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Thread: Rigging Physics 101 -- Redirect Pulley

  1. #11
    Treehouser Sponsor Tree09's Avatar
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    Sticks are awesome, no power lost in the torque converter, and much more feel imo. 4x4 low solves most problems mentioned, my 7.3 in granny low and 4 low was at most .000002 mph lol

    Force vectors in rope is very easy, line tension in the direction of pull. Your redirect tree will see much more, up to 2x the line force. You can also take the efficiency of the pulley to calculate the actual force lost. For example you have a 95 percent efficient pulley, and 1000 pounds on the line. So you only have 950 pounds going to the tree. Our apprentices are required to be able to calculate the forces on all rigging, with all sorts of angles, to simulate rigging using a tugger, which we use on big jobs all the time.
    Kyle


  2. #12
    Woods walker Sponsor Burnham's Avatar
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    "Confidence is the feeling you sometimes have before you fully understand the situation."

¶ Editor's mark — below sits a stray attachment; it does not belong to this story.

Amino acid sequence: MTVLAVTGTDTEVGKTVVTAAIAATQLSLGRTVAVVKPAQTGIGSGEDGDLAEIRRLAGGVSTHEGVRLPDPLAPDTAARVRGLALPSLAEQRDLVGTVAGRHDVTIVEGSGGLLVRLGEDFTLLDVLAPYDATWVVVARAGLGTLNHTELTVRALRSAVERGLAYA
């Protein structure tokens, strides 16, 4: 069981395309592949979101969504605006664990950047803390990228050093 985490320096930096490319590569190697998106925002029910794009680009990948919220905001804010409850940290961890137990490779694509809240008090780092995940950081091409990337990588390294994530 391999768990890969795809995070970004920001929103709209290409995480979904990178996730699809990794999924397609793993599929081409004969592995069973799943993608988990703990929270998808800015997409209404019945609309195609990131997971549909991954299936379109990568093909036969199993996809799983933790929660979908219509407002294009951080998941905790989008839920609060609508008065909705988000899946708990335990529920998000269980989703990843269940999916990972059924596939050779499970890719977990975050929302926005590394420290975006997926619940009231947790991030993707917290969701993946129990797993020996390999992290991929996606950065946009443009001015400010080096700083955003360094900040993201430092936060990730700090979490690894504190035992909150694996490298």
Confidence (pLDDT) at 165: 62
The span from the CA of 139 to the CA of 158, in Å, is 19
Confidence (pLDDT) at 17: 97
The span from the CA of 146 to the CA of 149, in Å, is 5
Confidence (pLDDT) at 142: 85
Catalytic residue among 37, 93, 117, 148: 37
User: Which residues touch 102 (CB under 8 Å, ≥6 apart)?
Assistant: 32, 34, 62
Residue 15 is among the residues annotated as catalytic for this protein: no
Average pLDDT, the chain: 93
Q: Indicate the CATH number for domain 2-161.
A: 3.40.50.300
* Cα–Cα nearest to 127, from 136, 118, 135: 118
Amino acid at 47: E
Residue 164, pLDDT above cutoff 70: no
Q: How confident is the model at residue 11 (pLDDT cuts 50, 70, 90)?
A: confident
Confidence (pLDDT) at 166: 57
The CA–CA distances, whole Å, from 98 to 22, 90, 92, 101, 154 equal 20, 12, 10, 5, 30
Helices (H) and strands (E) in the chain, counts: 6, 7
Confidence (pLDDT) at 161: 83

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    Treehouser Sponsor SeanKroll's Avatar
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    4 low, and stick is different than plain stick, imo.


    I was warned about not pulling with a manual after my co-workers ruined the clutch on their bucket truck.

    I stand corrected. Maybe they're fine. I've definitely pulled things with my manuals before, just not hard-pull-trees.

    If it's a heavy pull compared to the vehicle, is that different than a light pull?


    Much easier to stall and lose ground with a stick, I'd think.


    I'm not sure how a guy I know glazed his bucket truck clutch. My only guess is pulling a big tree.
    If it looks like I asked a question, but put a period, it's probably a question.
    Don't know why I'm question-mark challenged online. 😀 New Year's Resolution, better proof reading.

  4. #14
    TreeHouser Sponsor flushcut's Avatar
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    The FOGTW has an entire chapter dedicated to line angles, worth checking out.

  5. #15
    General Purpose Sponsor Stumpshot's Avatar
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    And for the acronym impaired, that means...?

    Jerry B's Fundamentals?

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    Treehouser Sponsor rfwoody's Avatar
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    Quote Originally Posted by Burnham View Post
    It's worth noting that tire chains can make a world of difference in traction on off road surfaces, not just snow and ice. Don't spin the tires, throttle control is critical.

    Of course, a winch beats all.

    I'm with Squish on this one...although maybe somewhat more than "the slightest bit of skill" is needed .

    Agreed, per Mick's answers .